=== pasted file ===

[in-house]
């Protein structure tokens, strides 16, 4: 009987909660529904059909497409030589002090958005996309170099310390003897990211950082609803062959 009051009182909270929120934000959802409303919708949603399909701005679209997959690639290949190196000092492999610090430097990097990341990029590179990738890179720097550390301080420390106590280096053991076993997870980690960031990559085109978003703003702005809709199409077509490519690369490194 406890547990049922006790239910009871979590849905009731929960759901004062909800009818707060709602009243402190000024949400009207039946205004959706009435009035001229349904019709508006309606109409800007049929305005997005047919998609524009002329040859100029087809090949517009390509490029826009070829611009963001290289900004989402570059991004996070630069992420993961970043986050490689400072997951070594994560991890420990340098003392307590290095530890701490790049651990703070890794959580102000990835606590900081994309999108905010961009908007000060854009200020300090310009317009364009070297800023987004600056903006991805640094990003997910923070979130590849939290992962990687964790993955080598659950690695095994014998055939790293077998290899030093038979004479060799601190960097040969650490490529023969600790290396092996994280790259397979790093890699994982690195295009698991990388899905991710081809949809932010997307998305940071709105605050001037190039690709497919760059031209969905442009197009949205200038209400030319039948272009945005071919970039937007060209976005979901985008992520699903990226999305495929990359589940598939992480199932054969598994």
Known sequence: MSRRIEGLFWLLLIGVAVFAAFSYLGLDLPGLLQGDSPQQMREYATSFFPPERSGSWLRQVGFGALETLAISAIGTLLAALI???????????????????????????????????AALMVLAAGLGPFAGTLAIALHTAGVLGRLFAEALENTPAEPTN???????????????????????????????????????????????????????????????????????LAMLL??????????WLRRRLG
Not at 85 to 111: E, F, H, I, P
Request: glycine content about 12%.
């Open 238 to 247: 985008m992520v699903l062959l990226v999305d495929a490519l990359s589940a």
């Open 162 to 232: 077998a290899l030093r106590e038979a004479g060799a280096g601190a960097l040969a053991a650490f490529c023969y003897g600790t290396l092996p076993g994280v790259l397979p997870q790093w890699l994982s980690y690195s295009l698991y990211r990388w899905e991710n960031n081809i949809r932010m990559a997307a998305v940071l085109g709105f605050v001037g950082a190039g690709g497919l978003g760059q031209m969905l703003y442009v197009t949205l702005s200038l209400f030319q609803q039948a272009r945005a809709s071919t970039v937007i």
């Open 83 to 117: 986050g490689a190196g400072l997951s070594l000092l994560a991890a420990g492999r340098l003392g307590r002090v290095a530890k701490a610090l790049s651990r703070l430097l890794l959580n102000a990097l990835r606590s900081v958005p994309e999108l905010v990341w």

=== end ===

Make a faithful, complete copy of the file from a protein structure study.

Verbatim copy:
[in-house]
């Protein structure tokens, strides 16, 4: 009987909660529904059909497409030589002090958005996309170099310390003897990211950082609803062959 009051009182909270929120934000959802409303919708949603399909701005679209997959690639290949190196000092492999610090430097990097990341990029590179990738890179720097550390301080420390106590280096053991076993997870980690960031990559085109978003703003702005809709199409077509490519690369490194 406890547990049922006790239910009871979590849905009731929960759901004062909800009818707060709602009243402190000024949400009207039946205004959706009435009035001229349904019709508006309606109409800007049929305005997005047919998609524009002329040859100029087809090949517009390509490029826009070829611009963001290289900004989402570059991004996070630069992420993961970043986050490689400072997951070594994560991890420990340098003392307590290095530890701490790049651990703070890794959580102000990835606590900081994309999108905010961009908007000060854009200020300090310009317009364009070297800023987004600056903006991805640094990003997910923070979130590849939290992962990687964790993955080598659950690695095994014998055939790293077998290899030093038979004479060799601190960097040969650490490529023969600790290396092996994280790259397979790093890699994982690195295009698991990388899905991710081809949809932010997307998305940071709105605050001037190039690709497919760059031209969905442009197009949205200038209400030319039948272009945005071919970039937007060209976005979901985008992520699903990226999305495929990359589940598939992480199932054969598994």
Known sequence: MSRRIEGLFWLLLIGVAVFAAFSYLGLDLPGLLQGDSPQQMREYATSFFPPERSGSWLRQVGFGALETLAISAIGTLLAALI???????????????????????????????????AALMVLAAGLGPFAGTLAIALHTAGVLGRLFAEALENTPAEPTN???????????????????????????????????????????????????????????????????????LAMLL??????????WLRRRLG
Not at 85 to 111: E, F, H, I, P
Request: glycine content about 12%.
């Open 238 to 247: 985008m992520v699903l062959l990226v999305d495929a490519l990359s589940a």
């Open 162 to 232: 077998a290899l030093r106590e038979a004479g060799a280096g601190a960097l040969a053991a650490f490529c023969y003897g600790t290396l092996p076993g994280v790259l397979p997870q790093w890699l994982s980690y690195s295009l698991y990211r990388w899905e991710n960031n081809i949809r932010m990559a997307a998305v940071l085109g709105f605050v001037g950082a190039g690709g497919l978003g760059q031209m969905l703003y442009v197009t949205l702005s200038l209400f030319q609803q039948a272009r945005a809709s071919t970039v937007i």
């Open 83 to 117: 986050g490689a190196g400072l997951s070594l000092l994560a991890a420990g492999r340098l003392g307590r002090v290095a530890k701490a610090l790049s651990r703070l430097l890794l959580n102000a990097l990835r606590s900081v958005p994309e999108l905010v990341w």